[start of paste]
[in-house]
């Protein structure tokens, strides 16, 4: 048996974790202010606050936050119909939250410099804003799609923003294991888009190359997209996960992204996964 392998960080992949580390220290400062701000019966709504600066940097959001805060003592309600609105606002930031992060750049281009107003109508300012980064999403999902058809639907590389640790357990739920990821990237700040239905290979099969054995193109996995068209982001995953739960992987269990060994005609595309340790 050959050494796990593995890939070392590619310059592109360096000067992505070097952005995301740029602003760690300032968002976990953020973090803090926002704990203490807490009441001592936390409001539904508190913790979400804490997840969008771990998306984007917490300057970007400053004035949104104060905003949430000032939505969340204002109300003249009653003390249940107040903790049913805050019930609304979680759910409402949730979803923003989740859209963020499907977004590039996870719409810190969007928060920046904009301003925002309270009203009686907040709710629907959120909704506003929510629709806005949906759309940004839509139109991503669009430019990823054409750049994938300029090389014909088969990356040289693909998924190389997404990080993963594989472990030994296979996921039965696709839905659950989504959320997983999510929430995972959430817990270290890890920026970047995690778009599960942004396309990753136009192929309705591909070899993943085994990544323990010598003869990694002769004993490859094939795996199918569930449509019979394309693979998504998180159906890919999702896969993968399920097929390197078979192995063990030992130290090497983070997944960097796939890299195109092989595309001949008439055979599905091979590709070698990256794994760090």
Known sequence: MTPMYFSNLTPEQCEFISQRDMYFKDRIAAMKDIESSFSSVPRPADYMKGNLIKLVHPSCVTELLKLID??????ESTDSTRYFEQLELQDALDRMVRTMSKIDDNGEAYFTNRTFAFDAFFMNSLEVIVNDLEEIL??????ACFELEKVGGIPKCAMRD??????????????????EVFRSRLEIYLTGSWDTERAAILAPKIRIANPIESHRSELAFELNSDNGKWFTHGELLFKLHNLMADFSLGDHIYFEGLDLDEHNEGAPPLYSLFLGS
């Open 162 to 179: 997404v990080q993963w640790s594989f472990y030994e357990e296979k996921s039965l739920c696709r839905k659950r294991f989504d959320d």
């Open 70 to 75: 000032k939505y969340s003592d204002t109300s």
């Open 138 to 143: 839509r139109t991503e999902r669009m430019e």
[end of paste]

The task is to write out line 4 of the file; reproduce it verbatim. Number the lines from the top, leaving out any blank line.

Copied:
């Open 162 to 179: 997404v990080q993963w640790s594989f472990y030994e357990e296979k996921s039965l739920c696709r839905k659950r294991f989504d959320d």